After studying under Shiro Kuramata and Issey Miyake, Tokujin Yoshioka established his own office in 2000, focusing on spacial and product design. A large scale recreation of a window he did for Miyake’s Snow collection in 1997 is currently on show at Mori Art Museum for their Sensing Nature exhibition. Comprising nothing but electric fans and hundreds of kilograms of white feathers, which Tokujin considers ‘the lightest material available to us’, the work is the result of the designer’s ongoing fascination with the threshold between visible and invisible. Also on show is a series of watery benches made from an incredibly clear glass that is used in optical lenses and space shuttles (the same material Tokujin used for his Chair that Disappears in the Rain, a public work in Roppongi), and his pure mineral crystal that was induced to grow over 12 months …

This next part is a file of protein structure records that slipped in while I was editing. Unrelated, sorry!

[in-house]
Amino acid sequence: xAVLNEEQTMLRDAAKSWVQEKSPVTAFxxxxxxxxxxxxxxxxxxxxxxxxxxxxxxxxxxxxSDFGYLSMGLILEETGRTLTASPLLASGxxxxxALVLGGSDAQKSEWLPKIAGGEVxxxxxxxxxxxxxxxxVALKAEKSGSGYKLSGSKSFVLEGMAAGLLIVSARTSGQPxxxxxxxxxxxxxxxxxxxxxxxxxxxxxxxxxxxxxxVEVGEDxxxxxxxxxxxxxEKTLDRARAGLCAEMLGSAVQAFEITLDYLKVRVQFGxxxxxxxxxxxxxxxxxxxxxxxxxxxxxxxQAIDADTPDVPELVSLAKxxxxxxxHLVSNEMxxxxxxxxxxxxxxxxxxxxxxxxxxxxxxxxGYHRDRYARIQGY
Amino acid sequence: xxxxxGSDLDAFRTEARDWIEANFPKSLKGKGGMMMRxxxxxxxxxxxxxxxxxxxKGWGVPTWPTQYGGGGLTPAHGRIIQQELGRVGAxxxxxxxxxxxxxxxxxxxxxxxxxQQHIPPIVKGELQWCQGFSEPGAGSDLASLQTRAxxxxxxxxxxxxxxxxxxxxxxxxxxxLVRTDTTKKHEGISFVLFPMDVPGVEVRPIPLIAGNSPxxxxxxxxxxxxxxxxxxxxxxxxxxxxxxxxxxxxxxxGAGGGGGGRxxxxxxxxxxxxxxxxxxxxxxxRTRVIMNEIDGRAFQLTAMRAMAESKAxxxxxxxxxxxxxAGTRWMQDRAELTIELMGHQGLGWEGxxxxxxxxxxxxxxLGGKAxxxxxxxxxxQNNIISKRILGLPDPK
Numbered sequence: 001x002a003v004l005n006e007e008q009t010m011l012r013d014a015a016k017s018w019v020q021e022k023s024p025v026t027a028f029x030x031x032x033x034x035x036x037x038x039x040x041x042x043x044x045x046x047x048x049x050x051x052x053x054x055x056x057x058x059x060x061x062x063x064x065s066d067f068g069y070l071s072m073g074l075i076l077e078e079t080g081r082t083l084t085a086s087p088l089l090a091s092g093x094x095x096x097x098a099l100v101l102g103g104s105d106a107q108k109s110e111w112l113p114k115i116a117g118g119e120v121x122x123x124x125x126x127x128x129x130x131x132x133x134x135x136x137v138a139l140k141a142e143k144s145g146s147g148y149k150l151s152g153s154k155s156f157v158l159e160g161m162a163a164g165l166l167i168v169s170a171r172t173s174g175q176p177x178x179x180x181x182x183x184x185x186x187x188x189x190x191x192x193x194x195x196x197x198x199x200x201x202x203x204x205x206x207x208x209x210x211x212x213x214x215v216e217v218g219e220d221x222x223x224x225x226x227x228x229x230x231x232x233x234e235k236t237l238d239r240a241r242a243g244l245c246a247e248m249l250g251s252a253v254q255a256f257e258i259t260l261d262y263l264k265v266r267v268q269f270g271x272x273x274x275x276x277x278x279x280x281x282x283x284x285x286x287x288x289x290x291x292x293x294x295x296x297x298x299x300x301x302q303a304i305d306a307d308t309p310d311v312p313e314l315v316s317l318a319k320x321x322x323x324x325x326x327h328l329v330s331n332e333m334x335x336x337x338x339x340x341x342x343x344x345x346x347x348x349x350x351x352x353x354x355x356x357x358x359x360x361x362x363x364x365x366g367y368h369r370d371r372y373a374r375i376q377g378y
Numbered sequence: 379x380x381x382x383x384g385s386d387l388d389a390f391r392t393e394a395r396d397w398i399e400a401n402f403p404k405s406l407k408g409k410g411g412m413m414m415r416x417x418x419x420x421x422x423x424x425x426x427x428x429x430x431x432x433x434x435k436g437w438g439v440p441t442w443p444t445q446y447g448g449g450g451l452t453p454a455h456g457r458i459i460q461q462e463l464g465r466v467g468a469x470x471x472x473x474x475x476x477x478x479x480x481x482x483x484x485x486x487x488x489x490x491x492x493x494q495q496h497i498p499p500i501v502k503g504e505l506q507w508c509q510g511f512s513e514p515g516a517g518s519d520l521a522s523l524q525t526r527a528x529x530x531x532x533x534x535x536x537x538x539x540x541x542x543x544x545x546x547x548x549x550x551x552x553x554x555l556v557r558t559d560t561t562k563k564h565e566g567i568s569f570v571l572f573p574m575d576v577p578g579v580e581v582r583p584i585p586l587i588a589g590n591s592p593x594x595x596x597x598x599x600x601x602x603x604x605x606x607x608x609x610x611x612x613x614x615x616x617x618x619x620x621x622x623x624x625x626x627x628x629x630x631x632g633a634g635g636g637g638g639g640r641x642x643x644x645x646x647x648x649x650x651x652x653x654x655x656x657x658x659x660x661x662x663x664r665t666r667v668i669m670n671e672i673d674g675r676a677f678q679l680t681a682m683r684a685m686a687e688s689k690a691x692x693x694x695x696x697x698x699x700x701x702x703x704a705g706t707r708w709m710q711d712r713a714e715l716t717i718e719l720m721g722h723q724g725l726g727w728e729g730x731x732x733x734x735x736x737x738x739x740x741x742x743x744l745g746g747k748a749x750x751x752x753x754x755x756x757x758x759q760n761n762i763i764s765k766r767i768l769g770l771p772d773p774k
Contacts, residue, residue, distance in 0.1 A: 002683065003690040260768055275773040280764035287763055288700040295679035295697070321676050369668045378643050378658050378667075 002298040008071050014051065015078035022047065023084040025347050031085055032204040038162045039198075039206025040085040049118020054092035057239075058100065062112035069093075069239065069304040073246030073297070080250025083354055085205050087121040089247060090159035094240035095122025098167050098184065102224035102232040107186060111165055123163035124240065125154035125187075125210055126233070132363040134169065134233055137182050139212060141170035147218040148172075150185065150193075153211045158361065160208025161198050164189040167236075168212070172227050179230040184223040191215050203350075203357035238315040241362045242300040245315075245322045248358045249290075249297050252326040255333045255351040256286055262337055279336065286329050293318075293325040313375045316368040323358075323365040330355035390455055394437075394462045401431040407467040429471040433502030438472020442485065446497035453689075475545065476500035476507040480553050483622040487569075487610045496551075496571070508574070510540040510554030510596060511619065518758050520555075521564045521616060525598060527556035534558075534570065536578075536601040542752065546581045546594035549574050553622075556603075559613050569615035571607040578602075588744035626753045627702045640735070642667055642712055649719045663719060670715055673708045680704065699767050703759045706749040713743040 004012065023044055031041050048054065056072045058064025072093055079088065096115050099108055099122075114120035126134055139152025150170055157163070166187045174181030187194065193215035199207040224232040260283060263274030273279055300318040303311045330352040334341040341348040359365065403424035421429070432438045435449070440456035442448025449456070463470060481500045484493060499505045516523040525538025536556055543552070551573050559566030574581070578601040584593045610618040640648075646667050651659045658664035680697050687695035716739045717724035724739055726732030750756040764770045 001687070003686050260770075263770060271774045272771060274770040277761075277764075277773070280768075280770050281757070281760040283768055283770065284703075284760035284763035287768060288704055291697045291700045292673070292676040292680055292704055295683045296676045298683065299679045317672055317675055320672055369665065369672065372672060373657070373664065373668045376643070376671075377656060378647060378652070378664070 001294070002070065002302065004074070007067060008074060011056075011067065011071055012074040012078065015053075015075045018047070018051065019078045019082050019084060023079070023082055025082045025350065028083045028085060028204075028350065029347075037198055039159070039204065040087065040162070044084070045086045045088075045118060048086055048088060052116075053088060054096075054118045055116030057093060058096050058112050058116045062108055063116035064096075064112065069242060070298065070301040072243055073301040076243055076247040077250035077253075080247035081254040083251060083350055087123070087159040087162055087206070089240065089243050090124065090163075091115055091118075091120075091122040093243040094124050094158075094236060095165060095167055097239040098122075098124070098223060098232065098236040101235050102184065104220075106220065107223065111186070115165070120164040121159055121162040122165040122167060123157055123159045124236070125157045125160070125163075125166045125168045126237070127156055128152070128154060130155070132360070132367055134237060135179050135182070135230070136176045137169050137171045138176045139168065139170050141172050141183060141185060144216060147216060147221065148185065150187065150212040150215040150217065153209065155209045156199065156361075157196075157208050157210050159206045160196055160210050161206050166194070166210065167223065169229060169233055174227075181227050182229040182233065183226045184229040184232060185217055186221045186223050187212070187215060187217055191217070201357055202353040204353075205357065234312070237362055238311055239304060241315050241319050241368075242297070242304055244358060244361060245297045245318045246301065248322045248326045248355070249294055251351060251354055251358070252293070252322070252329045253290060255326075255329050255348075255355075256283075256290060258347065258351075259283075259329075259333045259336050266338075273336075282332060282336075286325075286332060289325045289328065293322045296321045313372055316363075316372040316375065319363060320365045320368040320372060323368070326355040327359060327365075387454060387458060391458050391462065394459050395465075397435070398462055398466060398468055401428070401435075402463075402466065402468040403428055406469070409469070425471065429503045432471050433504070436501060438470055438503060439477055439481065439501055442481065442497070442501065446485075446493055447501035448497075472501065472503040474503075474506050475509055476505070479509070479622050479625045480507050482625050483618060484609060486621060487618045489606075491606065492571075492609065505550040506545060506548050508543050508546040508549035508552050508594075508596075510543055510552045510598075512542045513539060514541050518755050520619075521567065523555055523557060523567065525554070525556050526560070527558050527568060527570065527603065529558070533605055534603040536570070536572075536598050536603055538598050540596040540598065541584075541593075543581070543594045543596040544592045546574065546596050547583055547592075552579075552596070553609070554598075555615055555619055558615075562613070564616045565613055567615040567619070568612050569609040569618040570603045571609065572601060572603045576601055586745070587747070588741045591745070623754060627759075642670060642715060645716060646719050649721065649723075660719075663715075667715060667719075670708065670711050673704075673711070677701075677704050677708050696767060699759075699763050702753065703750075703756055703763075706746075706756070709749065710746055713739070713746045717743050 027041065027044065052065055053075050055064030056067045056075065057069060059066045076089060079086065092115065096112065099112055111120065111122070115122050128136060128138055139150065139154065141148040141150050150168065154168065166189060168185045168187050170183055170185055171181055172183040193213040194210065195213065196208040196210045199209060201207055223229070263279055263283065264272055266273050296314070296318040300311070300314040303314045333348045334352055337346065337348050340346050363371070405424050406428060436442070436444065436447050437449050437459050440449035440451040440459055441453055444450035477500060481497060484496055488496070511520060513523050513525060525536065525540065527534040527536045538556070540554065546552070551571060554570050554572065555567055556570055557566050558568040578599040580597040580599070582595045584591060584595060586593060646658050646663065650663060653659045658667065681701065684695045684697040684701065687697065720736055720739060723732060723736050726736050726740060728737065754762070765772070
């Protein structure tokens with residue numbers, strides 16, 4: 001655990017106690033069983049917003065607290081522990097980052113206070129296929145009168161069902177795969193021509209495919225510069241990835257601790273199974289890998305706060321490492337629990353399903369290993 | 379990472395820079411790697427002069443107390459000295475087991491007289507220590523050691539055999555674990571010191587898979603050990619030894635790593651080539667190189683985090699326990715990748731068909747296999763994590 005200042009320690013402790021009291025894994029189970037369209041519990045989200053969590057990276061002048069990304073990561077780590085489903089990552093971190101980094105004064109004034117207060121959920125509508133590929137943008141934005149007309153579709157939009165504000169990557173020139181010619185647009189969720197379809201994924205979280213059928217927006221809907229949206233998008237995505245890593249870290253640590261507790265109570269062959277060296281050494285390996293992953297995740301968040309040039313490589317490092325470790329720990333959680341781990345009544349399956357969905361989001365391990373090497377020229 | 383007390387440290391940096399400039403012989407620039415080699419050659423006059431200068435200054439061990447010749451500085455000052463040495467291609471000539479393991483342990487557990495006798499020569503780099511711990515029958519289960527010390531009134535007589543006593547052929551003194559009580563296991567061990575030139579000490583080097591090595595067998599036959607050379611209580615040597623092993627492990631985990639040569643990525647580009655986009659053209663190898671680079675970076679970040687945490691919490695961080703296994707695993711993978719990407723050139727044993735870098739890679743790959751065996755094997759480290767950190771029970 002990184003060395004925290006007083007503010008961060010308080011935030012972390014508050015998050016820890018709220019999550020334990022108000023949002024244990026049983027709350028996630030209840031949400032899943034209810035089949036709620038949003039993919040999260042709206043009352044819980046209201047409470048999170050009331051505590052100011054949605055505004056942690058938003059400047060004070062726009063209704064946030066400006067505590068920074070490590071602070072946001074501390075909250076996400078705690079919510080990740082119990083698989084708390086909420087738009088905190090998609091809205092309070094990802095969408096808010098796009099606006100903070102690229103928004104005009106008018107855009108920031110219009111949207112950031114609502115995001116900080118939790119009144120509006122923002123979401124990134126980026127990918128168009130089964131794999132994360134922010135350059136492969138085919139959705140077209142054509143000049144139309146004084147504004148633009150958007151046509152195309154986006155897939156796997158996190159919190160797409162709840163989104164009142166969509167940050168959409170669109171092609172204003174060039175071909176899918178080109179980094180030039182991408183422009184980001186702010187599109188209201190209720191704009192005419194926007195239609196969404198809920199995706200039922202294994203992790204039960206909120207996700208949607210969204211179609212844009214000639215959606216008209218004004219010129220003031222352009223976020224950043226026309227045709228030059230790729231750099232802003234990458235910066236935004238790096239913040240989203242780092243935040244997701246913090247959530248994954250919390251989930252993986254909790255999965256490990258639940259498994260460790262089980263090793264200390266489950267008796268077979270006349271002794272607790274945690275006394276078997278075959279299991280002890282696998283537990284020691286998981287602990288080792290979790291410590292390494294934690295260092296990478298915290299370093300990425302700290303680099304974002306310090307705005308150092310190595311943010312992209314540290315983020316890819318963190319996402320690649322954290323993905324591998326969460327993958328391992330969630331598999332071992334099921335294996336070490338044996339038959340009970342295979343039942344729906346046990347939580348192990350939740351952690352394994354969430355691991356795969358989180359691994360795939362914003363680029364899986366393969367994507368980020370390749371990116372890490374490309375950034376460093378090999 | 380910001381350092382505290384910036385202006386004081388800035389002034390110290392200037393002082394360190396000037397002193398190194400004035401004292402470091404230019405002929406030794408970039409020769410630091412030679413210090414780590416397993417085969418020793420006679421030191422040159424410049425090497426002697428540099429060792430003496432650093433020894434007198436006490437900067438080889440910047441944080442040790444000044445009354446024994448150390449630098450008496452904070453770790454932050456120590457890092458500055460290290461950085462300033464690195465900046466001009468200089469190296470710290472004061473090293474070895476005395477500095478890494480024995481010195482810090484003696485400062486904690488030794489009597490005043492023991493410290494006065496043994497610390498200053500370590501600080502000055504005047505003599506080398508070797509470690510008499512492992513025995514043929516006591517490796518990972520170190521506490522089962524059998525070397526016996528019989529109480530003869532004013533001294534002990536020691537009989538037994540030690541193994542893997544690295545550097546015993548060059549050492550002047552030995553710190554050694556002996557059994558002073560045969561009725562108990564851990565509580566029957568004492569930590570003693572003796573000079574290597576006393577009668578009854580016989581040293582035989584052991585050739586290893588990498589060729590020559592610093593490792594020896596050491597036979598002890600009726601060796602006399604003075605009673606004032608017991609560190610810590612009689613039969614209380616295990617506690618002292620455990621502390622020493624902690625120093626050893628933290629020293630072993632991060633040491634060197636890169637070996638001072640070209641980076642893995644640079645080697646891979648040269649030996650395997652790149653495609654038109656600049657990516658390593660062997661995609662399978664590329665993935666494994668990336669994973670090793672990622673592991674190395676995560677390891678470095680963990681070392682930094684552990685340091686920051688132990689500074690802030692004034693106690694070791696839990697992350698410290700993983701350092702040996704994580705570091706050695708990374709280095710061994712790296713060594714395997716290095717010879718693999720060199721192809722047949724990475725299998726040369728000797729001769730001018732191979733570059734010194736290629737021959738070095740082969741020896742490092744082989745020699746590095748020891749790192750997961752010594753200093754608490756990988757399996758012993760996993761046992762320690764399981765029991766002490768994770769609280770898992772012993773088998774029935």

Posted by contributor 11:34 AM, October 29th, 2010 1 comment

1 Comment

  1. Amazing. Can’t wait to see this in Tokyo next week!

    Comment by Simone — October 31, 2010 @ 10:13 pm

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